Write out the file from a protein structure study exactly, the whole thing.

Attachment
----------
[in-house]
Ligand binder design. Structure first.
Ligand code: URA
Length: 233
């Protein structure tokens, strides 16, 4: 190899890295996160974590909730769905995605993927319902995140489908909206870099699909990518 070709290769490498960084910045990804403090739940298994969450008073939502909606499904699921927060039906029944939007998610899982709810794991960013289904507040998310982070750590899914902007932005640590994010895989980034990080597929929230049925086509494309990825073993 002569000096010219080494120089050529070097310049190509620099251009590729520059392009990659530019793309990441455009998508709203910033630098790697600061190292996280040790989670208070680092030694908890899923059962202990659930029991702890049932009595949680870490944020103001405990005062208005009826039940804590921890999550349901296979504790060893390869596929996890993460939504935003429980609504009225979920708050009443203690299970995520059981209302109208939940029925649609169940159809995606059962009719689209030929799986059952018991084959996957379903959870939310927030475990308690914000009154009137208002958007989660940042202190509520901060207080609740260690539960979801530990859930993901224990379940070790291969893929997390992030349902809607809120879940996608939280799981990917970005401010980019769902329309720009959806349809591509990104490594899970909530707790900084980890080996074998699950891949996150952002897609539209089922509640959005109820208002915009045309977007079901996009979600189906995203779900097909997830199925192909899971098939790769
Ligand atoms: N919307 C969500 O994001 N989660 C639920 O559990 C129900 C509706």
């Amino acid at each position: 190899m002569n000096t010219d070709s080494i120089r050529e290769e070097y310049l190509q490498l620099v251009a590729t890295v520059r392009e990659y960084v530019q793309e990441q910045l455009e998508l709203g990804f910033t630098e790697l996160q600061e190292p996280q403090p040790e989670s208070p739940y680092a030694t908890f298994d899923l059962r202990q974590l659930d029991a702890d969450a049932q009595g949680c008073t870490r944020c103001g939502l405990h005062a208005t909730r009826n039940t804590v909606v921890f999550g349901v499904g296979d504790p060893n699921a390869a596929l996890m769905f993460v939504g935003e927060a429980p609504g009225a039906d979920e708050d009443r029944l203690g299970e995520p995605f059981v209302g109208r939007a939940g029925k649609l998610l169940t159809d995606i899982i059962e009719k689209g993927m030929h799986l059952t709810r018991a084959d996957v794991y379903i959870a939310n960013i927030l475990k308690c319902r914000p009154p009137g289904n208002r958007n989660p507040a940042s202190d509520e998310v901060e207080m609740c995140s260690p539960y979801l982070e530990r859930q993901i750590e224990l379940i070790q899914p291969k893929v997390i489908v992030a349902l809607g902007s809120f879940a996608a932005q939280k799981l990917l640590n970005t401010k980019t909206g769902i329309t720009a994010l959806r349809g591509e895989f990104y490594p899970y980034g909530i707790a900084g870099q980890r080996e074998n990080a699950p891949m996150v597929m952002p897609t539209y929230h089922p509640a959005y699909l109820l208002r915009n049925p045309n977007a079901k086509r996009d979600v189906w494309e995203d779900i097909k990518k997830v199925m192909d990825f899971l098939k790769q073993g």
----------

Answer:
[in-house]
Ligand binder design. Structure first.
Ligand code: URA
Length: 233
């Protein structure tokens, strides 16, 4: 190899890295996160974590909730769905995605993927319902995140489908909206870099699909990518 070709290769490498960084910045990804403090739940298994969450008073939502909606499904699921927060039906029944939007998610899982709810794991960013289904507040998310982070750590899914902007932005640590994010895989980034990080597929929230049925086509494309990825073993 002569000096010219080494120089050529070097310049190509620099251009590729520059392009990659530019793309990441455009998508709203910033630098790697600061190292996280040790989670208070680092030694908890899923059962202990659930029991702890049932009595949680870490944020103001405990005062208005009826039940804590921890999550349901296979504790060893390869596929996890993460939504935003429980609504009225979920708050009443203690299970995520059981209302109208939940029925649609169940159809995606059962009719689209030929799986059952018991084959996957379903959870939310927030475990308690914000009154009137208002958007989660940042202190509520901060207080609740260690539960979801530990859930993901224990379940070790291969893929997390992030349902809607809120879940996608939280799981990917970005401010980019769902329309720009959806349809591509990104490594899970909530707790900084980890080996074998699950891949996150952002897609539209089922509640959005109820208002915009045309977007079901996009979600189906995203779900097909997830199925192909899971098939790769
Ligand atoms: N919307 C969500 O994001 N989660 C639920 O559990 C129900 C509706």
């Amino acid at each position: 190899m002569n000096t010219d070709s080494i120089r050529e290769e070097y310049l190509q490498l620099v251009a590729t890295v520059r392009e990659y960084v530019q793309e990441q910045l455009e998508l709203g990804f910033t630098e790697l996160q600061e190292p996280q403090p040790e989670s208070p739940y680092a030694t908890f298994d899923l059962r202990q974590l659930d029991a702890d969450a049932q009595g949680c008073t870490r944020c103001g939502l405990h005062a208005t909730r009826n039940t804590v909606v921890f999550g349901v499904g296979d504790p060893n699921a390869a596929l996890m769905f993460v939504g935003e927060a429980p609504g009225a039906d979920e708050d009443r029944l203690g299970e995520p995605f059981v209302g109208r939007a939940g029925k649609l998610l169940t159809d995606i899982i059962e009719k689209g993927m030929h799986l059952t709810r018991a084959d996957v794991y379903i959870a939310n960013i927030l475990k308690c319902r914000p009154p009137g289904n208002r958007n989660p507040a940042s202190d509520e998310v901060e207080m609740c995140s260690p539960y979801l982070e530990r859930q993901i750590e224990l379940i070790q899914p291969k893929v997390i489908v992030a349902l809607g902007s809120f879940a996608a932005q939280k799981l990917l640590n970005t401010k980019t909206g769902i329309t720009a994010l959806r349809g591509e895989f990104y490594p899970y980034g909530i707790a900084g870099q980890r080996e074998n990080a699950p891949m996150v597929m952002p897609t539209y929230h089922p509640a959005y699909l109820l208002r915009n049925p045309n977007a079901k086509r996009d979600v189906w494309e995203d779900i097909k990518k997830v199925m192909d990825f899971l098939k790769q073993g």